The fifth volume of the annotated selected letters of Benjamin Britten - edited by Philip Reed and Mervyn Cooke - covers the years 1958-65, during which he wrote two major operatic works, A Midsummer Night's Dream and the ground-breaking Curlew River, and his pacifist choral masterpiece, War Requiem. Other significant compositions from the period include the orchestral song-cycle Nocturne, the first of the cello pieces for Rostropovich, and settings of poems by Blake and Pushkin.
Correspondents include friends, fellow artists and collaborators such as William Plomer (librettist of Curlew River), Edith Sitwell, E. M. Forster, Christopher Isherwood, Robert Graves, the Earl of Harewood, Yehudi Menuhin, Mstislav Rostropovich, Galina Vishnevskaya, Dmitri Shostakovich, Dietrich Fischer-Dieskau, Barbara Hepworth and Duncan Grant, as well as Britten's partner and principal interpreter, Peter Pears.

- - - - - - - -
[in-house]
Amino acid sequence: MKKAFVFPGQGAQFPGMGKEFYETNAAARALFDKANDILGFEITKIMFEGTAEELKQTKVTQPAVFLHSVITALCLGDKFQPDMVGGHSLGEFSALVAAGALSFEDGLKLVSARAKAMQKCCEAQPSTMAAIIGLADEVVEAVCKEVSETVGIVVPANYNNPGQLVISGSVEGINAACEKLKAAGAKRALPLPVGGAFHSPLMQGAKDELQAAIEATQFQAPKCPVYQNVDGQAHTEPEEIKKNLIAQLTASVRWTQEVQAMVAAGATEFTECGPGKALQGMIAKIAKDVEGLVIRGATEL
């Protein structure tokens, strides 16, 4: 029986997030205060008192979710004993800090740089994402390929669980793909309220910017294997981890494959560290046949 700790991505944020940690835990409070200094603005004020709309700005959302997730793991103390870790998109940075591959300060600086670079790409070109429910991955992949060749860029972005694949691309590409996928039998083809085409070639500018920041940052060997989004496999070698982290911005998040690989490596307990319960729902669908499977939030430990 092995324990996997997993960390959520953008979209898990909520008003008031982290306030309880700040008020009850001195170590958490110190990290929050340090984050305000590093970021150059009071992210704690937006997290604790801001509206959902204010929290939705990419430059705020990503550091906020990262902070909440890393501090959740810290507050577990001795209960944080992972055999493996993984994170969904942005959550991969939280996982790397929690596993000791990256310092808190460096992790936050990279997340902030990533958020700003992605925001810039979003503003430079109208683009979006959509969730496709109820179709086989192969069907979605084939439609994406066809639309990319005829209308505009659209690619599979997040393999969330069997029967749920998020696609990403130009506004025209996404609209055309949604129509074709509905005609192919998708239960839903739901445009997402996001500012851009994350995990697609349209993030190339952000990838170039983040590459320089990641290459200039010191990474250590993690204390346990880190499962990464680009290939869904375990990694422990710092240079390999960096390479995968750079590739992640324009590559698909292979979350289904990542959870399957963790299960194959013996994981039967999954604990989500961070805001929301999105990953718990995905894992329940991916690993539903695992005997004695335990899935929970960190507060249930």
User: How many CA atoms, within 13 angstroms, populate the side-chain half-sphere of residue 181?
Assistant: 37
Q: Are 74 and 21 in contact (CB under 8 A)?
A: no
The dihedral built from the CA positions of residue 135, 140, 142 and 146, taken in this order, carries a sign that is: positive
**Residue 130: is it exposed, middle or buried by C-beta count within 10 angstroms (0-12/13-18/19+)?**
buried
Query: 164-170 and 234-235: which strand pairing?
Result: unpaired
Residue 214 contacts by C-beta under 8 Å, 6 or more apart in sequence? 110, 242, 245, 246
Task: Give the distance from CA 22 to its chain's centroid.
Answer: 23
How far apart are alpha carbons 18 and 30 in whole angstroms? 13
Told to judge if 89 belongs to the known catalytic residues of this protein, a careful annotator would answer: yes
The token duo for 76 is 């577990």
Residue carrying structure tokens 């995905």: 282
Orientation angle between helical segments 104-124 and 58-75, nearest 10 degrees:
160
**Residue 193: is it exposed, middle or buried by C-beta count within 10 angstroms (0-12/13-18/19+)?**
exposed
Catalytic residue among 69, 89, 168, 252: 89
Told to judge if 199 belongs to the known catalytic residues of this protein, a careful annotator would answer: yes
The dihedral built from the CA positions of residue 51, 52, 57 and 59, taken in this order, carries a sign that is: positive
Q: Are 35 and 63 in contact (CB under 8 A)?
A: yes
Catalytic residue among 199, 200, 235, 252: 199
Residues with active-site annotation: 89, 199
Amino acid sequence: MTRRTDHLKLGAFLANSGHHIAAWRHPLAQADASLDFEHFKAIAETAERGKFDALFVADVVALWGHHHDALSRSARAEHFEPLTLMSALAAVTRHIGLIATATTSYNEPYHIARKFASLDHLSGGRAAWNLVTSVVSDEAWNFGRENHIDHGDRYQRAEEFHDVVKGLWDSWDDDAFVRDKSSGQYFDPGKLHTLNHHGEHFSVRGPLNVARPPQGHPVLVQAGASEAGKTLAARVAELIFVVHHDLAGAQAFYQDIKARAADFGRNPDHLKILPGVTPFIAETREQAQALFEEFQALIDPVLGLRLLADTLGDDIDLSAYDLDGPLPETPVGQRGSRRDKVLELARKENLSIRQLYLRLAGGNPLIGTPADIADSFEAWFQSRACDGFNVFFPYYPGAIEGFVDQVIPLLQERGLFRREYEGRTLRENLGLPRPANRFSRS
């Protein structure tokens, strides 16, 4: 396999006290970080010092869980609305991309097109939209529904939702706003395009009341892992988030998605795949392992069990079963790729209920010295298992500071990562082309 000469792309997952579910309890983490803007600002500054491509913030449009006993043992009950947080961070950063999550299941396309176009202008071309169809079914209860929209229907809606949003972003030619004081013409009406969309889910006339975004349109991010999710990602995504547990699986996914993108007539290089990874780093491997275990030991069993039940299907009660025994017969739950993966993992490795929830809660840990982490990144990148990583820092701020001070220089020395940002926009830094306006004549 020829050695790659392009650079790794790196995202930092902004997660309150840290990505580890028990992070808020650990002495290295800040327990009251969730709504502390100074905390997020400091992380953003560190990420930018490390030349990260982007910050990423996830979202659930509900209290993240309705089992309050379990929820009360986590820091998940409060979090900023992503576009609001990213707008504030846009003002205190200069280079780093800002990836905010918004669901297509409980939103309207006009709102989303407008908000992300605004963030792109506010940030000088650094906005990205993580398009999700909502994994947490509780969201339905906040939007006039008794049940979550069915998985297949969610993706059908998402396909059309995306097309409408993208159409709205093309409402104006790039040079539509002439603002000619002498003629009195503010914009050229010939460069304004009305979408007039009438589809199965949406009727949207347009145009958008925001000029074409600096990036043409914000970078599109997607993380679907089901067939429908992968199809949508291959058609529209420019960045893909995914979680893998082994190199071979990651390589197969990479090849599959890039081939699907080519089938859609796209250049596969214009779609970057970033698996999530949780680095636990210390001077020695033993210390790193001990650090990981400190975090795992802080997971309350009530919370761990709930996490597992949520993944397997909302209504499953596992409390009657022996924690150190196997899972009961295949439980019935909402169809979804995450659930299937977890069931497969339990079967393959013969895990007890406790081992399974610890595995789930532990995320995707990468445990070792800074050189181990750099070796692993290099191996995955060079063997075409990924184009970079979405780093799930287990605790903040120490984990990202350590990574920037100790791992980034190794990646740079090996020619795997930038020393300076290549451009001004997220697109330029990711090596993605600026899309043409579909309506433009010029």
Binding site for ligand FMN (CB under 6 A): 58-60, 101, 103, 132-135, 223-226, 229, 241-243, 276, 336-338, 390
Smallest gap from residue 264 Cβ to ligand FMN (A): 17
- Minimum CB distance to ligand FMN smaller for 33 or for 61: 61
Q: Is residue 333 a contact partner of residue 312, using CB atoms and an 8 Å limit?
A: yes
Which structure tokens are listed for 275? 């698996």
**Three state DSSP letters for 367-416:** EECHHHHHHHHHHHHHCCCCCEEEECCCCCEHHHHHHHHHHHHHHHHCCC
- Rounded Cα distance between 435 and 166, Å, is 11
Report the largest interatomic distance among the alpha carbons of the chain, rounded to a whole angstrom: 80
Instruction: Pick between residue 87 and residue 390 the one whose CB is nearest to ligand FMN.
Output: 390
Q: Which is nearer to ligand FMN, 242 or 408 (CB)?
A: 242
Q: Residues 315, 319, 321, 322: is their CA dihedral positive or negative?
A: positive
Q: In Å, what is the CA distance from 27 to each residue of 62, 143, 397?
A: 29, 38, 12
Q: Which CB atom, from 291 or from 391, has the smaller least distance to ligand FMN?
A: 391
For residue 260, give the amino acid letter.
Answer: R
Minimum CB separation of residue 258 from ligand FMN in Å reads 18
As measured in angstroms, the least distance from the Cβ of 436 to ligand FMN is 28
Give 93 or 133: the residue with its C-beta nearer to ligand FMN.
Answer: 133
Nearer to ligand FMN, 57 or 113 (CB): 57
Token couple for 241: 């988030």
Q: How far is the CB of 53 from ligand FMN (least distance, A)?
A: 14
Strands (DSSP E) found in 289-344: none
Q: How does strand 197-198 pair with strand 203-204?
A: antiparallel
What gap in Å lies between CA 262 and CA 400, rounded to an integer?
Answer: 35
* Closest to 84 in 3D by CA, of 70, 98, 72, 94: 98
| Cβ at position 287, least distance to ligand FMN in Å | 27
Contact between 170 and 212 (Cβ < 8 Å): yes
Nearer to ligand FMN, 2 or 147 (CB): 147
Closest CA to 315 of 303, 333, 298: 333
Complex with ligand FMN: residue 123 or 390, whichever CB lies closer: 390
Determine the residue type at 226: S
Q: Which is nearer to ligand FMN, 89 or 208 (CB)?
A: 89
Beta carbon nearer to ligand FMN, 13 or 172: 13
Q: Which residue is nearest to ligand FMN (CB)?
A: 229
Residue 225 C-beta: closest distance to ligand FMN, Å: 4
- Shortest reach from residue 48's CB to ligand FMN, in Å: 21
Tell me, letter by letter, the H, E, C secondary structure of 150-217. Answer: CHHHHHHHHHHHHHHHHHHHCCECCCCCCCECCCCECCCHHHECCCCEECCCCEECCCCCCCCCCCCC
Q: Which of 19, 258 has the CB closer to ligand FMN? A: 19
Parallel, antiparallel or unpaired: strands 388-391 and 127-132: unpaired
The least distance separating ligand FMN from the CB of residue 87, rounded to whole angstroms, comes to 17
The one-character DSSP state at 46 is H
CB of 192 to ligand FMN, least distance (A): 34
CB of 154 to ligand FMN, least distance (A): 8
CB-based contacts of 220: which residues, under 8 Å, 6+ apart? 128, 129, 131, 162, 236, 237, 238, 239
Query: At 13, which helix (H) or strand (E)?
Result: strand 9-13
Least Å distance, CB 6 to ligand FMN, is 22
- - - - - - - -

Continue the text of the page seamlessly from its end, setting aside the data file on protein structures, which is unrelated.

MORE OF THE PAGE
The volume charts the peak of Britten's position as one of the leading figures of the international musical establishment as composer, conductor and pianist, and his continuing involvement with the Aldeburgh Festival and the English Opera Group. The deterioration in Britten's relationship with Boosey & Hawkes, his publishers since the mid-1930s, is closely documented, as is the founding, at the composer's instigation, of the new publishing house of Faber Music in 1964. Central to the period is the composer's warm friendship with musicians from the Soviet Union, and Britten and Pears's visits to Moscow, Leningrad and Armenia are charted in detail.
Published in association with The Britten-Pears Foundation.